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Life Arts

Visit to the Brahmasthan

By       Message William T. Hathaway       (Page 1 of 2 pages)     Permalink

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I recently visited the ashram that Maharishi Mahesh Yogi built at the central point of India, the Brahmasthan. Two thousand Vedic pandits live there, meditating and performing ceremonies.

 

I've been doing Transcendental Meditation for many years and have had wonderful results in my active life -- clearer thinking, more energy, more success -- but I've had very few experiences while meditating. A couple of times a year I might have a moment when the thoughts thin out enough for me to sense there is a field of silence underlying them. Very rarely I've glimpsed a bit of glow coming from that underlying field. I treasure these few moments.

 

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In my first program in the yogic flying hall I felt deep silence as soon as I started meditating. And it didn't go away as it always had before. It lasted, and it glowed. When I started the sutras, I gradually became aware that the silence had an energy to it, an inner dynamism. As I went on, joy began radiating from it like sunlight.

 

When I started yogic flying, I could sense this whole field was alive, filled with divine beings. There was Shiva, Vishnu, Ganesh, and others whose names I didn't know. There was Maharishi, Guru Dev, and Shankara. As I made great leaps, they told me, "We are bringing you up! We are bringing you up!" They were raising me into the air, but like cosmic parents they were also raising me into the full adulthood of higher consciousness. And amazingly enough, as good parents, they loved me.

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I could perceive that they weren't dwelling only in the transcendent but were permeating the whole atmosphere of the Brahmasthan. Then they weren't just permeating the place but also permeating me. Then they were me. At this, I was totally enveloped in divine love. I was divine love. The unity of creation became a living reality. I had heard this statement before, but now it was no longer abstract. It was me. And this is going on all the time in full glory whether I'm perceiving it or not.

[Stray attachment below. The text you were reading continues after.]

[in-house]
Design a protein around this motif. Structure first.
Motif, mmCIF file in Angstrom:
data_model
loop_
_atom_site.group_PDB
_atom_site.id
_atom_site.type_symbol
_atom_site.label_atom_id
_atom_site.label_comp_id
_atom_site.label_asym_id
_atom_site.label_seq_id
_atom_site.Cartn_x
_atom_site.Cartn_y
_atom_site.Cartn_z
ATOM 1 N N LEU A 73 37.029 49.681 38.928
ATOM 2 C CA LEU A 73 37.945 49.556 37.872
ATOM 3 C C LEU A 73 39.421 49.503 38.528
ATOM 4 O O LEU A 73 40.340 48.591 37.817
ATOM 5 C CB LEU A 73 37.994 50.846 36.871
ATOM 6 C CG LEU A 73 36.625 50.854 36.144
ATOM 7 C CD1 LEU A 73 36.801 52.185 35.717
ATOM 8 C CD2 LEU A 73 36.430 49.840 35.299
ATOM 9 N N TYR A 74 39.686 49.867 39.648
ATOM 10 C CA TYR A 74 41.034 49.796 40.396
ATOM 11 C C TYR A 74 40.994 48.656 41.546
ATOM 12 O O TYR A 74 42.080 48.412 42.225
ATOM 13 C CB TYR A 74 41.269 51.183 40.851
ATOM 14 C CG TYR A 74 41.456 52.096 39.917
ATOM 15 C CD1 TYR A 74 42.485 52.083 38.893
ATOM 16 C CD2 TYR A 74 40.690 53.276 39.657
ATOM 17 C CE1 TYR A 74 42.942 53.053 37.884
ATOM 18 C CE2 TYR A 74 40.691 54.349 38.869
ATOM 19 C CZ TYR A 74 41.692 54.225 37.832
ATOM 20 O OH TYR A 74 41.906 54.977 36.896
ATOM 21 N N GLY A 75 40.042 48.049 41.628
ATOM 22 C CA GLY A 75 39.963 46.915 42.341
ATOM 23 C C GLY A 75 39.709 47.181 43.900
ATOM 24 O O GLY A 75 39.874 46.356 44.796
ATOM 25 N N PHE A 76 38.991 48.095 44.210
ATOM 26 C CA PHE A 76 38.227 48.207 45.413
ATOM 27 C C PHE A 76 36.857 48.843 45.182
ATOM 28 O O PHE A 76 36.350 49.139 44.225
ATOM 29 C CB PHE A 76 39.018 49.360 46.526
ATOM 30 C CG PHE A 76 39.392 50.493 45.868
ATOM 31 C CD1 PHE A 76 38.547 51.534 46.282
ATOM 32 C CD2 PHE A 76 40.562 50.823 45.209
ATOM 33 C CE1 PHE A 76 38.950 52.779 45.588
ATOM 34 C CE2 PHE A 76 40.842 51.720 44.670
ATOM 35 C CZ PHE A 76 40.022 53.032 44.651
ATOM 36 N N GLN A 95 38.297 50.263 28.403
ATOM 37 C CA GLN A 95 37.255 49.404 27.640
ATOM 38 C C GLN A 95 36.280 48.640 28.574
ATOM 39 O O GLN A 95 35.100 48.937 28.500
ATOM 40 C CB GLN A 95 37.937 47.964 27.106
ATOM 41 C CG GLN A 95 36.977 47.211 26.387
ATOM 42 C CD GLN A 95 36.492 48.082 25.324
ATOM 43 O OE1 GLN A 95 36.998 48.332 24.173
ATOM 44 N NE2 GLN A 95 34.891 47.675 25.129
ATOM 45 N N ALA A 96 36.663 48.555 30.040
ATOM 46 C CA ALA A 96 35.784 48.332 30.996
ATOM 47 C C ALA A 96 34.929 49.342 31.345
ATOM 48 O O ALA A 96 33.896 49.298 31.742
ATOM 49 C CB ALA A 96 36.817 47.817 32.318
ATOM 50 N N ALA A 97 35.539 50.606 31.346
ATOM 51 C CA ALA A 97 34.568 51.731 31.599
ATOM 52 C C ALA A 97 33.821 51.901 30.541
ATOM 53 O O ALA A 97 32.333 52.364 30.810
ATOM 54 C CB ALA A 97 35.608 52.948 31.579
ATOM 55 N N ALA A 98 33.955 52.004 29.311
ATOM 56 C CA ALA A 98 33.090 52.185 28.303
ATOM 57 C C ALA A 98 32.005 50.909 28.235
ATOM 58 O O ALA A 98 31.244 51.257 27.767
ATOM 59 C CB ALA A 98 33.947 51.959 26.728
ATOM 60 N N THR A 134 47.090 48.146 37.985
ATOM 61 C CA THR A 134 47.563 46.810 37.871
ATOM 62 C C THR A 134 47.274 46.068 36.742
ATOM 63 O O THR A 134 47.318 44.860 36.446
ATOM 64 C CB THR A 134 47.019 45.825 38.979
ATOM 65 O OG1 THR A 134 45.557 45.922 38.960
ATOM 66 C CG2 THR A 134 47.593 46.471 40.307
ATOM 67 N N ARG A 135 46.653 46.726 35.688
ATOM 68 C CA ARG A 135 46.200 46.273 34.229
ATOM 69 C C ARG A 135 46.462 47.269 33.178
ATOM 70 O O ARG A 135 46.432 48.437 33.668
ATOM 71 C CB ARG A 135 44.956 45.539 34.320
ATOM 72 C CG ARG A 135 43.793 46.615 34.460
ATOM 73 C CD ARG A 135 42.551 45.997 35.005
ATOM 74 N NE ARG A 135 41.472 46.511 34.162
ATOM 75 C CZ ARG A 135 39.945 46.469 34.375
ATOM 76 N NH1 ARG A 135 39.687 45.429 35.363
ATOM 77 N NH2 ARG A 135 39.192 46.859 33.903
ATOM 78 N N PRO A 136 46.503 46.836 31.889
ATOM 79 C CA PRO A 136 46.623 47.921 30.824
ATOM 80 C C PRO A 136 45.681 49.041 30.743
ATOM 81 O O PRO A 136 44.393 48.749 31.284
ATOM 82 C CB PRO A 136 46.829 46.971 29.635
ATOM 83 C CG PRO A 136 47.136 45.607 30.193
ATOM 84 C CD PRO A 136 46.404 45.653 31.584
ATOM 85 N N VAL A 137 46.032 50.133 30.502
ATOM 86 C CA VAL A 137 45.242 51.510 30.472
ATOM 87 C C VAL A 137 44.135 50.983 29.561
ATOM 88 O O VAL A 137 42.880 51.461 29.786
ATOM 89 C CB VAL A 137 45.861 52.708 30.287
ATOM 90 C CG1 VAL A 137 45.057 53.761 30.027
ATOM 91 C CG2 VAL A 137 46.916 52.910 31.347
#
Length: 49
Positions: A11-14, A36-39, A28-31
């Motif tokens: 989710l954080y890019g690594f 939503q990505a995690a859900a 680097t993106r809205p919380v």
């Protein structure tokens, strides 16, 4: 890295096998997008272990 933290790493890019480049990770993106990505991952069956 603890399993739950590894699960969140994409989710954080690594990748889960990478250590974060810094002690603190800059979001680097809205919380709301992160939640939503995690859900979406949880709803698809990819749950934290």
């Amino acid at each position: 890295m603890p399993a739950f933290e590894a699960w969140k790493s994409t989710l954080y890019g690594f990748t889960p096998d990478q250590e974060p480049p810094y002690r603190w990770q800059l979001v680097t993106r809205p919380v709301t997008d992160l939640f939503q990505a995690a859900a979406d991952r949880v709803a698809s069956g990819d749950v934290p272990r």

For the next four weeks I didn't perceive it at all, just my usual mantra and thoughts, sutra and thoughts. Then at the end of the final Vedic chanting ceremony of my visit, I felt a sensation in the area of my heart. It was Maharishi! He was suddenly there, as if he'd just popped in. Then I realized he had been there all along, but I had only now become aware of him, as when a statue is unveiled and you can finally see it. This was no statue though, but a living presence. I remembered the section of the puja that describes the guru as "ever-dwelling in the lotus of my heart." I could see this wasn't a figure of speech but a statement of fact. Devotion poured from me to him, and I basked in his approval.

 

People were leaving the hall, and as I stood up, his presence expanded to become like a hollow tube running from the top of my head to the base of my spine. My awareness was centered inside the tube, and I was perceiving everything from this inner core of silence. This is my Brahmasthan, I suddenly knew. People too have Brahmasthans, a transcendental center out of which activity manifests.

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I started walking, but I wasn't walking. I ate a prasad banana, but I wasn't eating. Walking was happening and eating was happening, but I wasn't doing them. I was observing it all like a king on a throne enjoying the activity of my kingdom but not involved in it, totally free within myself. This is delightful, I thought, but what is it?

 

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William T. Hathaway is a Special Forces combat veteran now working to overthrow the empire he previously served. He is the author of Radical Peace: People Refusing War, which presents the true stories of activists who have moved beyond (more...)
 

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